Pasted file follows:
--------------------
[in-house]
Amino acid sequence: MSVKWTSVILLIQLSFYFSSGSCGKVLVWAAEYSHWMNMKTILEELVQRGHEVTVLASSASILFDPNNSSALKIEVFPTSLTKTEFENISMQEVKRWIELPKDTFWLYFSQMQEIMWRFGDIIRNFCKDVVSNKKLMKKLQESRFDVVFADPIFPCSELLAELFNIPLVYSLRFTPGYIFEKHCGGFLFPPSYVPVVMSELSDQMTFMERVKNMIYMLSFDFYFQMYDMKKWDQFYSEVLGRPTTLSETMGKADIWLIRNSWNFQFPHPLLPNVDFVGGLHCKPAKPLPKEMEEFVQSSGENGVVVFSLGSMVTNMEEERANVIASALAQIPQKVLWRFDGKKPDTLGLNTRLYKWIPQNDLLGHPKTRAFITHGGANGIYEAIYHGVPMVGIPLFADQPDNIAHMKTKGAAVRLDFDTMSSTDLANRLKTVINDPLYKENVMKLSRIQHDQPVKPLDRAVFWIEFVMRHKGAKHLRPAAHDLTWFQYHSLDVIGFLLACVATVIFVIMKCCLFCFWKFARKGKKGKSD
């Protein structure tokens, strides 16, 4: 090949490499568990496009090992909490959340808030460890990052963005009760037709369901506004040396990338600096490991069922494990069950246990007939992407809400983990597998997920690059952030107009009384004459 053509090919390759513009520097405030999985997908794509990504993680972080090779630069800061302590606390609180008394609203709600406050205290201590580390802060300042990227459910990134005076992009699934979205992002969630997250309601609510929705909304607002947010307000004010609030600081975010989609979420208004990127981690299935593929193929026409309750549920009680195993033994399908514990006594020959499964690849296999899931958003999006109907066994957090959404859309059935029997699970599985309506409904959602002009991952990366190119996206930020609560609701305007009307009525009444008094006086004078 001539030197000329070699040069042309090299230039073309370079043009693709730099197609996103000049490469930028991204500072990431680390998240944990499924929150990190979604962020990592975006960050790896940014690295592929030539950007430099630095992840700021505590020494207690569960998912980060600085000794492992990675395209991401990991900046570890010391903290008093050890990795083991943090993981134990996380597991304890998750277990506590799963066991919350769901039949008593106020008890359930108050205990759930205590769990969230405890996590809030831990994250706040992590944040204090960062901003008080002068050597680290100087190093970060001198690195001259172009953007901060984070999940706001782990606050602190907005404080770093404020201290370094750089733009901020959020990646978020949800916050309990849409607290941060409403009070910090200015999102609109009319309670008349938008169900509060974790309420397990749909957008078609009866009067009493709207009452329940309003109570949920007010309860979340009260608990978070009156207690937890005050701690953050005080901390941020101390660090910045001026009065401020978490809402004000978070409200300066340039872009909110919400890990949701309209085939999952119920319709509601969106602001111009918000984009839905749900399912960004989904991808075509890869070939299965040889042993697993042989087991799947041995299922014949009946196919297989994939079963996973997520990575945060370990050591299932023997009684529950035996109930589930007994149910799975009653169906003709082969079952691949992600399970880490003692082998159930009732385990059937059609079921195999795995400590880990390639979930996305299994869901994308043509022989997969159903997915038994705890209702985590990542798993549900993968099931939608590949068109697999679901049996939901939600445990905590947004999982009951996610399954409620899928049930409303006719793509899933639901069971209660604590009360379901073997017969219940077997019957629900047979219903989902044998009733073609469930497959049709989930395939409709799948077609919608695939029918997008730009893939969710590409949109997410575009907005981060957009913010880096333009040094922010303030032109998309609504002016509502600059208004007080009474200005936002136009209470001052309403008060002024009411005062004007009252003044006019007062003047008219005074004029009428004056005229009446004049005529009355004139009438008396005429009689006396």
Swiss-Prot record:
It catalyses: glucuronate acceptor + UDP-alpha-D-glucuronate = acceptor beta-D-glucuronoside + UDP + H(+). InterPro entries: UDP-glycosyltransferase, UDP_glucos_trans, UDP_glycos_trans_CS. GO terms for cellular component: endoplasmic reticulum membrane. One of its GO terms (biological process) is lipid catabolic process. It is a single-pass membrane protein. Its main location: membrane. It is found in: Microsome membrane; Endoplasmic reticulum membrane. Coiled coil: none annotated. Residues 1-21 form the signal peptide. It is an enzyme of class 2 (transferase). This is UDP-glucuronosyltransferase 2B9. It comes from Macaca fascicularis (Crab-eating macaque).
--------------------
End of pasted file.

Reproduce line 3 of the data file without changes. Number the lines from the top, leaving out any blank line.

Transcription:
């Protein structure tokens, strides 16, 4: 090949490499568990496009090992909490959340808030460890990052963005009760037709369901506004040396990338600096490991069922494990069950246990007939992407809400983990597998997920690059952030107009009384004459 053509090919390759513009520097405030999985997908794509990504993680972080090779630069800061302590606390609180008394609203709600406050205290201590580390802060300042990227459910990134005076992009699934979205992002969630997250309601609510929705909304607002947010307000004010609030600081975010989609979420208004990127981690299935593929193929026409309750549920009680195993033994399908514990006594020959499964690849296999899931958003999006109907066994957090959404859309059935029997699970599985309506409904959602002009991952990366190119996206930020609560609701305007009307009525009444008094006086004078 001539030197000329070699040069042309090299230039073309370079043009693709730099197609996103000049490469930028991204500072990431680390998240944990499924929150990190979604962020990592975006960050790896940014690295592929030539950007430099630095992840700021505590020494207690569960998912980060600085000794492992990675395209991401990991900046570890010391903290008093050890990795083991943090993981134990996380597991304890998750277990506590799963066991919350769901039949008593106020008890359930108050205990759930205590769990969230405890996590809030831990994250706040992590944040204090960062901003008080002068050597680290100087190093970060001198690195001259172009953007901060984070999940706001782990606050602190907005404080770093404020201290370094750089733009901020959020990646978020949800916050309990849409607290941060409403009070910090200015999102609109009319309670008349938008169900509060974790309420397990749909957008078609009866009067009493709207009452329940309003109570949920007010309860979340009260608990978070009156207690937890005050701690953050005080901390941020101390660090910045001026009065401020978490809402004000978070409200300066340039872009909110919400890990949701309209085939999952119920319709509601969106602001111009918000984009839905749900399912960004989904991808075509890869070939299965040889042993697993042989087991799947041995299922014949009946196919297989994939079963996973997520990575945060370990050591299932023997009684529950035996109930589930007994149910799975009653169906003709082969079952691949992600399970880490003692082998159930009732385990059937059609079921195999795995400590880990390639979930996305299994869901994308043509022989997969159903997915038994705890209702985590990542798993549900993968099931939608590949068109697999679901049996939901939600445990905590947004999982009951996610399954409620899928049930409303006719793509899933639901069971209660604590009360379901073997017969219940077997019957629900047979219903989902044998009733073609469930497959049709989930395939409709799948077609919608695939029918997008730009893939969710590409949109997410575009907005981060957009913010880096333009040094922010303030032109998309609504002016509502600059208004007080009474200005936002136009209470001052309403008060002024009411005062004007009252003044006019007062003047008219005074004029009428004056005229009446004049005529009355004139009438008396005429009689006396």